Colorectal cancer is going to become the second largest cancer caused death in the U.S. at 50,000 deaths. However, a new study has revealed that sticking to a vegetable diet can significantly reduce the risk of developing colorectal cancer.

The participants of the study who stuck to a purely vegetarian diet had a 22% lower risk of colorectal cancer and also included a 19% reduced risk of colon cancer and a 29% reduced risk of rectal cancer.

vegetable diet

Study co-author Dr. Michael J. Orlich, of Lorna Linda University, CA, and colleagues published their findings in JAMA Internal Medicine.

The term colorectal cancer is somewhat misleading and is a collective term which is used for both cases of colon or rectal cancer. As per the figures released by American Cancer Society, any individual will have a 1 in 20 chance of developing colorectal cancer at some point of their life span.


The death rate from colorectal cancer remains very high; it has significantly fallen over the past 20 years. The lowering of the colorectal cancer deaths is primarily due to better screening techniques and early detection of the disease which significantly improves the prognosis of the disease.

Colorectal cancer treatment has considerably improved in the recent years and the result is there are more than 1 million colorectal survivors in the US. Screening and treatment will remain the backbone of the fight against colorectal or any form of cancer. Dr. Orlich and colleagues feel that pin pointing the risk factors is important for the primary prevention of cancer.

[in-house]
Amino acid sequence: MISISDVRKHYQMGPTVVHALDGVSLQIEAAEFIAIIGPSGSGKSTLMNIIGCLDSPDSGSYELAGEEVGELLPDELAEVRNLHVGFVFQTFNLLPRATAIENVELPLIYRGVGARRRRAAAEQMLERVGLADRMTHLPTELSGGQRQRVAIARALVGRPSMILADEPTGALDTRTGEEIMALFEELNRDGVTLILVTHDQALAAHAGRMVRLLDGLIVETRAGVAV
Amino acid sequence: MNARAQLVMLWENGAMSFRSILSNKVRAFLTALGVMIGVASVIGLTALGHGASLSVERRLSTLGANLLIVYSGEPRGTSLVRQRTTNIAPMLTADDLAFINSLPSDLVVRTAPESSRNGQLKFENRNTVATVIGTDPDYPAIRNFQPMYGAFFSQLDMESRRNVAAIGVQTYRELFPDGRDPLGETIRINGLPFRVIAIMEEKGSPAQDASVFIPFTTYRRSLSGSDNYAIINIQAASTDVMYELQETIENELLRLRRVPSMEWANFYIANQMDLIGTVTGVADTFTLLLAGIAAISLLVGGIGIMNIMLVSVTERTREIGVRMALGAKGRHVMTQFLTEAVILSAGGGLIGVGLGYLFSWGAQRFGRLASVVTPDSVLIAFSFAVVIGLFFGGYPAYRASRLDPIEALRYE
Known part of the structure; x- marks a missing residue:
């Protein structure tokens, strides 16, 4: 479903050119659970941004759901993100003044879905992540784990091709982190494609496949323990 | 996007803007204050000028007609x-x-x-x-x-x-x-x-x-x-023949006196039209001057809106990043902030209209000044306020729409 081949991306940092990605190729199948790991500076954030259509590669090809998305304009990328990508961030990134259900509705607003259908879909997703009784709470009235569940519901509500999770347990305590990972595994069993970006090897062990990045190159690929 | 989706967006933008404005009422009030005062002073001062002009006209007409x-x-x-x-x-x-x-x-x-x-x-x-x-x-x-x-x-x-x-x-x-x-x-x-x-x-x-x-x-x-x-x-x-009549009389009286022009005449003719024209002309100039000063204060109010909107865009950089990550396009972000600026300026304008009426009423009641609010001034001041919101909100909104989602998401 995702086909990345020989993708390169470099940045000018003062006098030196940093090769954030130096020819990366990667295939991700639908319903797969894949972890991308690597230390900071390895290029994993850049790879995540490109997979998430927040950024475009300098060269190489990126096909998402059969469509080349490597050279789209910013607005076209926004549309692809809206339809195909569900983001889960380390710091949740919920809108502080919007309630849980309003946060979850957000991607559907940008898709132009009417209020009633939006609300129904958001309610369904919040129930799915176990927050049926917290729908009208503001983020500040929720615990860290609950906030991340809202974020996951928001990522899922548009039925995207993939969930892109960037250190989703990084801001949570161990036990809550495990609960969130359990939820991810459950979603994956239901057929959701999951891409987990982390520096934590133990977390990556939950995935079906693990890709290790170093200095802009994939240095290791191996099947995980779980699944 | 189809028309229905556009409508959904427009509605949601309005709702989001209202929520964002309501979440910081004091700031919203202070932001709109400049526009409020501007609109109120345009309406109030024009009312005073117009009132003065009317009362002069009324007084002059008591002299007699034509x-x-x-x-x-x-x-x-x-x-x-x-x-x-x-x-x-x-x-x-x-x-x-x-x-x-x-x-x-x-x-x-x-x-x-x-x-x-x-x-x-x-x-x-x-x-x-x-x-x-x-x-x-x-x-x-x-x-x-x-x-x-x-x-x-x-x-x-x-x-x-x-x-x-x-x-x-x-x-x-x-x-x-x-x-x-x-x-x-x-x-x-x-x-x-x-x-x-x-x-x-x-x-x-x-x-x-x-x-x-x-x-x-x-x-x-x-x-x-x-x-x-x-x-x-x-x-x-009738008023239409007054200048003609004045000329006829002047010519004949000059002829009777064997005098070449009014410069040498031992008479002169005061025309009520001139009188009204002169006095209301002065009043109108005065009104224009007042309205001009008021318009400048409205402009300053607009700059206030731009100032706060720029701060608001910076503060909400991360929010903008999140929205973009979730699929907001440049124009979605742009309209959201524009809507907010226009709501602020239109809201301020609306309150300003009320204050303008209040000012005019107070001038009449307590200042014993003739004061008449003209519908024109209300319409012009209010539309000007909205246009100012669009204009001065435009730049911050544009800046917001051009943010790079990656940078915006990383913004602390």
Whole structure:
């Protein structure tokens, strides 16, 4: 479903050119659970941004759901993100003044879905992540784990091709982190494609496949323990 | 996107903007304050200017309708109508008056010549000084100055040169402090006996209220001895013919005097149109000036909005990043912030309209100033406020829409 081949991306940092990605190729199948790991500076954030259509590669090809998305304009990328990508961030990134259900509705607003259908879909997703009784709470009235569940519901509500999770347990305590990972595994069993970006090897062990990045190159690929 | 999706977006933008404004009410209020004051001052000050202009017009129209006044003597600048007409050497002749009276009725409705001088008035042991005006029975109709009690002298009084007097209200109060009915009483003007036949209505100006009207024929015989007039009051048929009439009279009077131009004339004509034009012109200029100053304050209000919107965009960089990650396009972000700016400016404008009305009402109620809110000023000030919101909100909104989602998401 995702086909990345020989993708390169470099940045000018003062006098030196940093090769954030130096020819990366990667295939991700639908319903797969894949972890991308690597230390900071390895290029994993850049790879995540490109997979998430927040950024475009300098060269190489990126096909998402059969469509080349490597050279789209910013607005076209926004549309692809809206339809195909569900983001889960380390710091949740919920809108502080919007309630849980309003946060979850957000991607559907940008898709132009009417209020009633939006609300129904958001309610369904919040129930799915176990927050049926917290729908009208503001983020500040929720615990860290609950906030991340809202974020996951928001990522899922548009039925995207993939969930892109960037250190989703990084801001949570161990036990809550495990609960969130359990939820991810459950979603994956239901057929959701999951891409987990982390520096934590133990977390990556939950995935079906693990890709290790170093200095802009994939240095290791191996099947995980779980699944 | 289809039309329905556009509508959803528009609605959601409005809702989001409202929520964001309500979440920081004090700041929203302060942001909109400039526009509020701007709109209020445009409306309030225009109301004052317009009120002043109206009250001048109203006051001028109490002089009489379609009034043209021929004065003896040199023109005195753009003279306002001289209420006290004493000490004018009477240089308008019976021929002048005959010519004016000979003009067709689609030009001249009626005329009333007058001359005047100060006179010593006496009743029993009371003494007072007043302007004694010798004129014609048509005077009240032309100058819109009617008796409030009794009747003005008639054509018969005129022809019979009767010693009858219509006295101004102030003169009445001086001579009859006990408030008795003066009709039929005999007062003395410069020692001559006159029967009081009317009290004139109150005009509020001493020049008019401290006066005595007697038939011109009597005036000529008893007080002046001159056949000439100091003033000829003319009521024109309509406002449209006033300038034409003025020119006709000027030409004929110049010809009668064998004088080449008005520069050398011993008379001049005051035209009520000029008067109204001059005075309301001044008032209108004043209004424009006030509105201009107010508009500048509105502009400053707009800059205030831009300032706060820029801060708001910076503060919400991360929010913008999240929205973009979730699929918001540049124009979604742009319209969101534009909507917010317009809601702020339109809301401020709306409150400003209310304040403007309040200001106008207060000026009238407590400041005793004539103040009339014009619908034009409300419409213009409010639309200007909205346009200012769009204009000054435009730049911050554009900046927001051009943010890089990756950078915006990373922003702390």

Numerous studies have revealed that a diet which is predominantly composed of red and processed meats can raise the risk of colorectal cancer. In the same way a diet which includes a lot of fruits, vegetables and whole grains has been associated with a reduced risk of colorectal cancer.

The studies analyzed 77,659 men and women and they were part of the Adventist Health Study 2 (AHS-1) between 2002 and 2007.The participants were asked to complete a food frequency questionnaire as well as a medical questionnaire at study baseline.

Tracking of cancer incidence among participants was evaluated until 2014 via computer-assisted record linkage with state cancer registries, as well as a follow-up medical questionnaire.

The study revealed that on an average of 7.3-year follow-up, 490 participants were diagnosed with colorectal cancer, of which 380 cases were colon cancer and 110 were rectal cancer.

The results revealed that persons who ate a vegetarian diet were at a 22% lower risk of colorectal cancer while there is a 19% reduced risk of colon cancer and a 29% reduced risk of rectal cancer when compared with persons who followed a non- veg diet.

The study further revealed that

  • Pesco-vegetarians or those who eat fish had a 49% lower risk of colorectal cancer
  • Lacto-ovo vegetarians or those who eat milk and eggs a 18% lower risk of colorectal cancer
  • Vegans had a 16% reduced risk
  • Semi-vegetarians were 8% less likely to develop the disease.

The study results were consistent with previous studies done on consumption of red and processed meats with increased risk of colorectal cancer.

The team adds:”The evidence that vegetarian diets similar to those of our study participants may be associated with a reduced risk of colorectal cancer, along with prior evidence of the potential reduced risk of obesity, hypertension, diabetes and mortality, should be considered carefully in making dietary choices and in giving dietary guidance.”

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